British intelligence organisation MI5 and the United States' Central Intelligence Agency (CIA) are the masters of South Africa's elite crime fighting unit, the Scorpions, a public hearing into their dissolution heard in Durban on Tuesday.
Sam Kikine, the head of the International Traditional and Medicine Research Council, accused these two organisations of controlling the Scorpions.
"Why have the Scorpions not investigated Wouter Basson and the CIA who have created this Aids? The Scorpions are working for MI5 and the CIA and not for South Africa," he told the hearing at the Umlazi Indoor Sports Complex.
Kikine claimed that the Scorpions were loaded with apartheid era "special branch" operatives, who had also been responsible for the death of activist and lawyer Griffiths Mxenge, who was assassinated in 1981.
Kikine said the council was supporting the proposed legislation to replace the Directorate of Special Operations, known as the Scorpions, with a new division within the South African Police Service, known as the Directorate for Priority Crime Investigation.
The hearings earlier kicked off amid singing and toyi-toying amid a heavy police presence.
A crowd of about 80 Congress of South African Trade Unions (Cosatu) supporters had gathered outside the building before entering the complex singing.
Many in the crowd wore shirts bearing logos of Cosatu's various member unions, while some wore shirts in support of African National Congress president Jacob Zuma.
At one stage the crowd broke into Zuma's trademark "awulethu' mshini wami" song, taunting local Democratic Alliance supporters who had also turned up for the hearing.
South African Communist Party (SACP) provincial secretary Themba Mthembu called for the inclusion of the Scorpions into the South African Police, because "integration would streamline and strengthen capacity in the fight against crime".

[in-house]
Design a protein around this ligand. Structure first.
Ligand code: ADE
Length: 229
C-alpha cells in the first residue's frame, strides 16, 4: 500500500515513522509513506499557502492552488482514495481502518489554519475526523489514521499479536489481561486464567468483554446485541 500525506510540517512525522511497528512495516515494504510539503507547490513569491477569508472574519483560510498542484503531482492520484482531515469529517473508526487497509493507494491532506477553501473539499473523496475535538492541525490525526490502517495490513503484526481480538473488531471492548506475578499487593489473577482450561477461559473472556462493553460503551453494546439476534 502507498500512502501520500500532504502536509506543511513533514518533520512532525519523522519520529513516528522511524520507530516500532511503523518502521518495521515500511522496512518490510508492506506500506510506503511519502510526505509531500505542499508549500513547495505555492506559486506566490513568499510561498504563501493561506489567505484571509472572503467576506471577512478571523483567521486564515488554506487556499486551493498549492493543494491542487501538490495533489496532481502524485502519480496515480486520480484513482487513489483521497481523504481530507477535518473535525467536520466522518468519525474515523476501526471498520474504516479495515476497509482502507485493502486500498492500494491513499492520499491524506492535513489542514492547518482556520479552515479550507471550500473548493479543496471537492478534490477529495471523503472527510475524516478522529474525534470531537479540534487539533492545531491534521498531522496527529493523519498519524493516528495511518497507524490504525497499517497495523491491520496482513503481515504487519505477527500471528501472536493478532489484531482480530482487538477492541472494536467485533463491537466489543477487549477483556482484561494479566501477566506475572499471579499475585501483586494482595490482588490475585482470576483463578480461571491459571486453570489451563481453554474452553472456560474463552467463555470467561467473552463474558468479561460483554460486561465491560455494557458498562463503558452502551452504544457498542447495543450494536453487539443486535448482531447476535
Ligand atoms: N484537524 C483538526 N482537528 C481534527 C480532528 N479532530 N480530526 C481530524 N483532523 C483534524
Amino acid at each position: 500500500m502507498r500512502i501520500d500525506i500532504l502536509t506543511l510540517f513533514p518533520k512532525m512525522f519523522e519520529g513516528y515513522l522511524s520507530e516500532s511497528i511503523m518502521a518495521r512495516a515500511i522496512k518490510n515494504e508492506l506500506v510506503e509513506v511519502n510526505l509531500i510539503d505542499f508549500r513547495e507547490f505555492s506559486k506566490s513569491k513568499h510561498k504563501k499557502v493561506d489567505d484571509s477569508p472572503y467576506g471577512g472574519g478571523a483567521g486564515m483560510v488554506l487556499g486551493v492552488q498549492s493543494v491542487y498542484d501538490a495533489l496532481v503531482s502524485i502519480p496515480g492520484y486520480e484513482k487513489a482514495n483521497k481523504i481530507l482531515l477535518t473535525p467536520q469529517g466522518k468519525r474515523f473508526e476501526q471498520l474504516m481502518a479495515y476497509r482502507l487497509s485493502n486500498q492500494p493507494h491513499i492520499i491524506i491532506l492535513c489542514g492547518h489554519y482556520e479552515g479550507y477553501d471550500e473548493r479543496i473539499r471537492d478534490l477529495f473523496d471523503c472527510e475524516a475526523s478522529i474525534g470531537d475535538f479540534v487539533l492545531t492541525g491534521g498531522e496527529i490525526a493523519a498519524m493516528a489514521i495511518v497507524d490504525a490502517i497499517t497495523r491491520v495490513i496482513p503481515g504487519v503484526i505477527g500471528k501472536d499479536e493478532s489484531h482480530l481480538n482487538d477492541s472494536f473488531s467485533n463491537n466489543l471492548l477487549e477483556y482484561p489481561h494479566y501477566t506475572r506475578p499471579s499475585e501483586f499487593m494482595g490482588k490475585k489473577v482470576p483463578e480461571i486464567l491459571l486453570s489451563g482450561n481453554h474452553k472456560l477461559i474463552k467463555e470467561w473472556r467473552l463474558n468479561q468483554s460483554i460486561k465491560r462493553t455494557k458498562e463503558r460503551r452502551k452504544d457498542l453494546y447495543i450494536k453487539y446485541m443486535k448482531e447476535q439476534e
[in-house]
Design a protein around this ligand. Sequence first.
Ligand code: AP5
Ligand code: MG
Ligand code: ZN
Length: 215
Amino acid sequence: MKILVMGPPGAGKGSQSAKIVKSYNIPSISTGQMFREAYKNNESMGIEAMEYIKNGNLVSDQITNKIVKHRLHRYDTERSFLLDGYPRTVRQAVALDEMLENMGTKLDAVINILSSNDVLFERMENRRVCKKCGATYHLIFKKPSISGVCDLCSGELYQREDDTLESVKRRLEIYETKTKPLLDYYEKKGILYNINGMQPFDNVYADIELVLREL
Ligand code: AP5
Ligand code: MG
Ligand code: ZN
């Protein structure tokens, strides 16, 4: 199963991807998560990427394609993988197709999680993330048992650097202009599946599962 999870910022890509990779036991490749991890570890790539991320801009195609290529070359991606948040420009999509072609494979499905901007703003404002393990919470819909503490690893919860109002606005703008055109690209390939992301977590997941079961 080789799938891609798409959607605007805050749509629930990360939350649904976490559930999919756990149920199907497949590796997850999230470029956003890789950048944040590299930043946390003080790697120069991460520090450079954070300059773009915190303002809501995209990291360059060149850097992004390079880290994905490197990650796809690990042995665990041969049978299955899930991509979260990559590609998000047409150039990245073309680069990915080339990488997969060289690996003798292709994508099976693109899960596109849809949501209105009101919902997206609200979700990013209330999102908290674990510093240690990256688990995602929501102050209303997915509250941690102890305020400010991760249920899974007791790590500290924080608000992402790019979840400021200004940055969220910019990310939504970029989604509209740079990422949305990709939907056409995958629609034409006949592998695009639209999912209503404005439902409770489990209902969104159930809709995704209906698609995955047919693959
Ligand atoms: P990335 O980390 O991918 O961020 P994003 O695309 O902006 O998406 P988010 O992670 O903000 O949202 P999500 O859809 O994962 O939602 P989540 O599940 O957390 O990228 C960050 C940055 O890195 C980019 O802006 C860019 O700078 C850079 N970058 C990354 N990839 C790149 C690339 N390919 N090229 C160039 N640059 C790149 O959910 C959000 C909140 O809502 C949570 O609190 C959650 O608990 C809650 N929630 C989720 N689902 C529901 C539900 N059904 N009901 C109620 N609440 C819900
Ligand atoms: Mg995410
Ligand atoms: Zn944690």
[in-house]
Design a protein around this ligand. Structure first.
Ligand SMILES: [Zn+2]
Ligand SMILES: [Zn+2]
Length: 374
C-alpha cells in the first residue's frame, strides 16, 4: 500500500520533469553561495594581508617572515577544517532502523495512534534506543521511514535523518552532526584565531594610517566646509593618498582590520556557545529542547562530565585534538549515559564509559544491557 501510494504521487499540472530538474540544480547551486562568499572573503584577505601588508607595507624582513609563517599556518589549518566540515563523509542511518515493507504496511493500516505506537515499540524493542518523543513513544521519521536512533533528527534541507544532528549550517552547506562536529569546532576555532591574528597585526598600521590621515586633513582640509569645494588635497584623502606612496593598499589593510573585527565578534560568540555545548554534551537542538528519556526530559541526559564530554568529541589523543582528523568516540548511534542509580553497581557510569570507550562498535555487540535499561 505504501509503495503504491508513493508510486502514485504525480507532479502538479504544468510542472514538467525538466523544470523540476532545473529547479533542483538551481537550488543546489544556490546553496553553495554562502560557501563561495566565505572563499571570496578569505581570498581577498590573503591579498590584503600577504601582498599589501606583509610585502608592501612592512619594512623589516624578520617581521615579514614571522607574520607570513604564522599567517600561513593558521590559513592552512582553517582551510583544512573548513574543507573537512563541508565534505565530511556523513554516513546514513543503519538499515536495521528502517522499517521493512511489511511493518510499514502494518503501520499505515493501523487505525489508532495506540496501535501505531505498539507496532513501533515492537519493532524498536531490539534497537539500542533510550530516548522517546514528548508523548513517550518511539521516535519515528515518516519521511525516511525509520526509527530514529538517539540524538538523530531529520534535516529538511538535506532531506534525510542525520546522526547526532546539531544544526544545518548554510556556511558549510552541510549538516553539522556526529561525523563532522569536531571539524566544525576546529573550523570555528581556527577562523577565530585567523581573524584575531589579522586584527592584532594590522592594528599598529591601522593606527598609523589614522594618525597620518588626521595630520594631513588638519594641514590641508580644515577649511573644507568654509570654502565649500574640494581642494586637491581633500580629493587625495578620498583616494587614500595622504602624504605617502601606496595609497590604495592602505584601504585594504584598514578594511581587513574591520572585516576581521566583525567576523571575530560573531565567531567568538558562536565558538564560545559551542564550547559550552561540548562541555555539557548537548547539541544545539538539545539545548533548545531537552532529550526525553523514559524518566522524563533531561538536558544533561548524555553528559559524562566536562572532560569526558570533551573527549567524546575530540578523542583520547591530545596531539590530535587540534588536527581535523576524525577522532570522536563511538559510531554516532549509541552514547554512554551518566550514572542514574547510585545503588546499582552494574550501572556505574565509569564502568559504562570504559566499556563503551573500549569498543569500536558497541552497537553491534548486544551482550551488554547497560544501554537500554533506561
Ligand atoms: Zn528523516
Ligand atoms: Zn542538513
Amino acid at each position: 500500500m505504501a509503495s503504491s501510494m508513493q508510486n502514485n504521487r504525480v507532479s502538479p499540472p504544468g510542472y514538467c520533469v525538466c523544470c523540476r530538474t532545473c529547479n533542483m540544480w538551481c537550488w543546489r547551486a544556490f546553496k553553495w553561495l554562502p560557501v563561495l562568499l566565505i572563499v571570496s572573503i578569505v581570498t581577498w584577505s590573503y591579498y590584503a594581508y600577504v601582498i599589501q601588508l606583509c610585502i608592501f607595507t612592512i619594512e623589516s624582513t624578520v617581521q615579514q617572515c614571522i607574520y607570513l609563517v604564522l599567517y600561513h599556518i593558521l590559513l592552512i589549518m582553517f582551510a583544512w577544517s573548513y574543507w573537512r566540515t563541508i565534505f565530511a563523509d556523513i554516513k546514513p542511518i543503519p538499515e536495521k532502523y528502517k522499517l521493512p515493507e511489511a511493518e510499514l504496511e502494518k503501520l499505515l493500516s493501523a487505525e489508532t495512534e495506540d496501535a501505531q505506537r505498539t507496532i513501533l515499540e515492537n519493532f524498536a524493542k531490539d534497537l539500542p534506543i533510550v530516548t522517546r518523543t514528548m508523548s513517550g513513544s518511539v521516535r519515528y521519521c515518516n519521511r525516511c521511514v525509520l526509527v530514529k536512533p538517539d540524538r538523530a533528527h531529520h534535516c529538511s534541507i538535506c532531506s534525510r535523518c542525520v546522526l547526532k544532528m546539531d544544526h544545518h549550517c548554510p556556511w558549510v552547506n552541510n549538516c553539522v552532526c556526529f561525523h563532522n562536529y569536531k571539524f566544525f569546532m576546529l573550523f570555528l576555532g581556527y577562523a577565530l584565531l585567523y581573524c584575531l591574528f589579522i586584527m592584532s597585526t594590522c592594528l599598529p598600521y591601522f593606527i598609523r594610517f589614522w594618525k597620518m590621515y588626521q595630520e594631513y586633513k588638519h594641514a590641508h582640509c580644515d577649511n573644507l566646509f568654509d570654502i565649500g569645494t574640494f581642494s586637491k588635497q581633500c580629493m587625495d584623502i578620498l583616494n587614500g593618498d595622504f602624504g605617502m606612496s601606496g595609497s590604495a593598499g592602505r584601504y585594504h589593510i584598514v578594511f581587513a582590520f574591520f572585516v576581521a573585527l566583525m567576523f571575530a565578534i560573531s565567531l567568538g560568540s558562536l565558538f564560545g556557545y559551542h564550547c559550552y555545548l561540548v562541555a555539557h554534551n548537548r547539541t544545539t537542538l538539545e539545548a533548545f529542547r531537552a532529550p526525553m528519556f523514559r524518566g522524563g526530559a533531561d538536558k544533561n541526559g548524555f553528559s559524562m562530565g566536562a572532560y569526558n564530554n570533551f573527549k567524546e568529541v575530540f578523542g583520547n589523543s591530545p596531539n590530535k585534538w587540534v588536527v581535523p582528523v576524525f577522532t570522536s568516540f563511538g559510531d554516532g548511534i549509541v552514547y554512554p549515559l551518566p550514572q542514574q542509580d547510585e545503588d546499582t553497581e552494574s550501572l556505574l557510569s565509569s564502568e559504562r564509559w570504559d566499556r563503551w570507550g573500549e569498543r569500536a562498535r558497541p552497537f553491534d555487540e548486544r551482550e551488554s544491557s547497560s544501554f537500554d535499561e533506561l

He said the SACP agreed with most of the findings of the Khampepe Commission, with the exception of keeping the unit separate from the police.
The Democratic Alliance's KwaZulu-Natal safety and security spokesperson Radley Keyes called for the retention of the unit, saying that it had achieved much.
He said that one hearing in the province was insufficient and questioned whether the parliamentarians would take heed of the representations.
Keyes pointed to "the futility" of public representations of Matatiele where, despite residents' overwhelming support to remain in the province, the government had nevertheless supported the municipality's inclusion in the Eastern Cape.
African Christian Democratic Party representative Cyril George described the Scorpions as "the sunlight that exposed crime".
The South African Democratic Teachers Union secretary general Sipho "KK" Nkosi claimed that the Scorpions had been created by a political decision.
"Disbanding it requires a political decision. The Scorpions chose some prime cases because they were serving the interests of their own political masters," he said.
He criticised the Scorpions for highlighting their successes in the media.
"Where they have not succeeded they have been mum to the media," he said.
Parliament's portfolio committees on justice and constitutional development, and safety and security were holding the hearings, which started on Monday and were expected to finish on Friday.
Members of the public have until August 20 to hand in their written submissions against the disbanding. - Sapa